Before we jump in, this fall we have openings for private coaching! One of the options is for you to work privately with me where I guide you through The Daring Way, the methodology based on the research of Brené Brown. This curriculum teaches shame resilience, courage building, and vulnerability. If you’ve been to therapy, read *all* the books, and want a HOW TO for your life, read more and fill out the application HERE.
So far this year we’ve explored podcast themes on mental health, spirituality and creativity, and recently self-care. This week’s guest, Carmen Spagnola can speak on all three topics. She joins me for an enlightenring conversation about spiritually, witchcraft, and developing intuition as forms of self-care.
Carmen Spagnola is a Le Cordon Bleu-trained chef turned trauma recovery practitioner, clinical hypnotherapist, and kitchen witch. She is author of The Spirited Kitchen: Recipes & Rituals for the Wheel of the Year, host of The Numinous Podcast, and founder of The Numinous Network.
- The collective consciousness of witchcraft, being an animist, and what it means to be a feminist witch (7:55)
- Folk magic: how it is incorporated and ‘woven into everyday life’ (13:28)
- Nature-based spirituality, wilderness quests, and rites of passage (25:50)
- How to develop intuition from a trauma-informed attachment perspective (36:36)
You know how I love a good personal development book, right? I’ve compiled a list of book recommendations, as mentioned in past episodes. Check out these amazing book recommendations here. Happy reading!
Find a complete list of our sponsors and their offerings visit andreaowen.com/sponsors. Thank you for your support!
Carmen Spagnola is a Le Cordon Bleu-trained chef turned trauma recovery practitioner, clinical hypnotherapist, and kitchen witch. She is author of The Spirited Kitchen: Recipes & Rituals for the Wheel of the Year, host of The Numinous Podcast, and founder of The Numinous Network, an online learning and support portal for people healing from trauma through a cross-pollination of somatics, Attachment Theory, and nature-based spirituality.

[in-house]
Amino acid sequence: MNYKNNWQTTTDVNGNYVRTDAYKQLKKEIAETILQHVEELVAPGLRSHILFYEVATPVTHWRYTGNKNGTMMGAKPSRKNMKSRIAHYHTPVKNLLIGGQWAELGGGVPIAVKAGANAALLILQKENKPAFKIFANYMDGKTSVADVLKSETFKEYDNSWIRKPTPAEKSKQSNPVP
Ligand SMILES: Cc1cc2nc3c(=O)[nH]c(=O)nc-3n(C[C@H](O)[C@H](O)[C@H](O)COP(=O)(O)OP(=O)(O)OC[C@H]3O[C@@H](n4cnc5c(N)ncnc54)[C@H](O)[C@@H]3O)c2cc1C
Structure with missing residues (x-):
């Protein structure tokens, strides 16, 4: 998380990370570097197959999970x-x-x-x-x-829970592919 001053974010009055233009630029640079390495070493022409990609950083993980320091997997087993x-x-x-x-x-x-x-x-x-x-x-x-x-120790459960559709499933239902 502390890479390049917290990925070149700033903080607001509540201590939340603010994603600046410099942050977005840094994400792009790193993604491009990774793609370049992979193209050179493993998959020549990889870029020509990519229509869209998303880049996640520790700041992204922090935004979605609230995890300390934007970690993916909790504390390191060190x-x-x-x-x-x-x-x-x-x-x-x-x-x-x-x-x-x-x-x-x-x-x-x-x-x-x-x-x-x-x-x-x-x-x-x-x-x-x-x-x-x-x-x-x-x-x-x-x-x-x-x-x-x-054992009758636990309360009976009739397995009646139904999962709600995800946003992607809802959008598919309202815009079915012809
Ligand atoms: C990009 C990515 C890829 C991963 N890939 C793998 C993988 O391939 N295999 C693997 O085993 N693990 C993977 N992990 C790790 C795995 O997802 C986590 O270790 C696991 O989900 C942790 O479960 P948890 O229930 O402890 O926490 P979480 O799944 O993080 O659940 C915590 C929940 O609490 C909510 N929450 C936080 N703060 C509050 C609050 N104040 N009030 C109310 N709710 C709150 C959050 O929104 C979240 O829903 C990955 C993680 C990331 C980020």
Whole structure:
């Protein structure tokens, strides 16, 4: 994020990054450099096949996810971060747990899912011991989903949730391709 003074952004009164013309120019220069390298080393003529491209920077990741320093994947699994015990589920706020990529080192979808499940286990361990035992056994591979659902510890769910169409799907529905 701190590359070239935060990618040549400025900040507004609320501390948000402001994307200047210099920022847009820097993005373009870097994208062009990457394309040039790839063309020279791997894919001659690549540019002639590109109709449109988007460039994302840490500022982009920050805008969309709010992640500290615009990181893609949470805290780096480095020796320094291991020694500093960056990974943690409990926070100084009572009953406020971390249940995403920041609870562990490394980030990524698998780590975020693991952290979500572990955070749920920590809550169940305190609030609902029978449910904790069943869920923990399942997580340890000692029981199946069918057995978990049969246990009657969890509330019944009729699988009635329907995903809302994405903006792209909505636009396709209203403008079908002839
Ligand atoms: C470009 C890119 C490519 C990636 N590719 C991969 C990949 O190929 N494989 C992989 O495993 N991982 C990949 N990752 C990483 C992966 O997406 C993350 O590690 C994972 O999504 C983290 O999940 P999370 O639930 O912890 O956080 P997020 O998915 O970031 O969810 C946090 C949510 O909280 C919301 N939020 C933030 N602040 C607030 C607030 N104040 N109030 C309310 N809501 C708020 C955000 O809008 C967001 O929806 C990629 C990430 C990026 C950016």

Hey there, Make Some Noise listeners. This fall, we have openings for private coaching. And one of the options is for you to work with me privately where I guide you through the Daring Way, which is the methodology based on the research of Brené Brown. That curriculum teaches shame, resilience, courage, building and vulnerability. So for instance, if you've been to therapy and you want a how-to, or maybe you listen to the podcast, you listen to other people's podcasts, or read all the personal development books, and you want to learn how to apply all of the things that you love hearing about and learning about into your life. Head on over to AndreaOwen.com/coaching where you can read more about that particular offer and fill out an application.
Witches have a responsibility within their communities for collective care, but they also have a political role. In that role they are resisting tyranny in all forms using means both tangible and magical. So they are organizing, they are healers, they are midwives and doulas and death midwives and medicine people herbalists, etc. But they also are advocates, they’re healer advocates, they are protectors of the commons, and they take that role very seriously.
You're listening to Make Some Noise Podcast episode number 475 with guest Carmen Spangola.
Welcome to Make Some Noise Podcast, your guide for strategies, tools and insight to empower yourself. I'm your host, Andrea Owen, global speaker, entrepreneur, life coach since 2007, and author of three books that have been translated into 18 languages and are available in 22 countries. Each week, I'll bring you a guest or a lesson that will help you maximize unshakable confidence, master resilience and make some noise in your life. Are you ready? Let's go.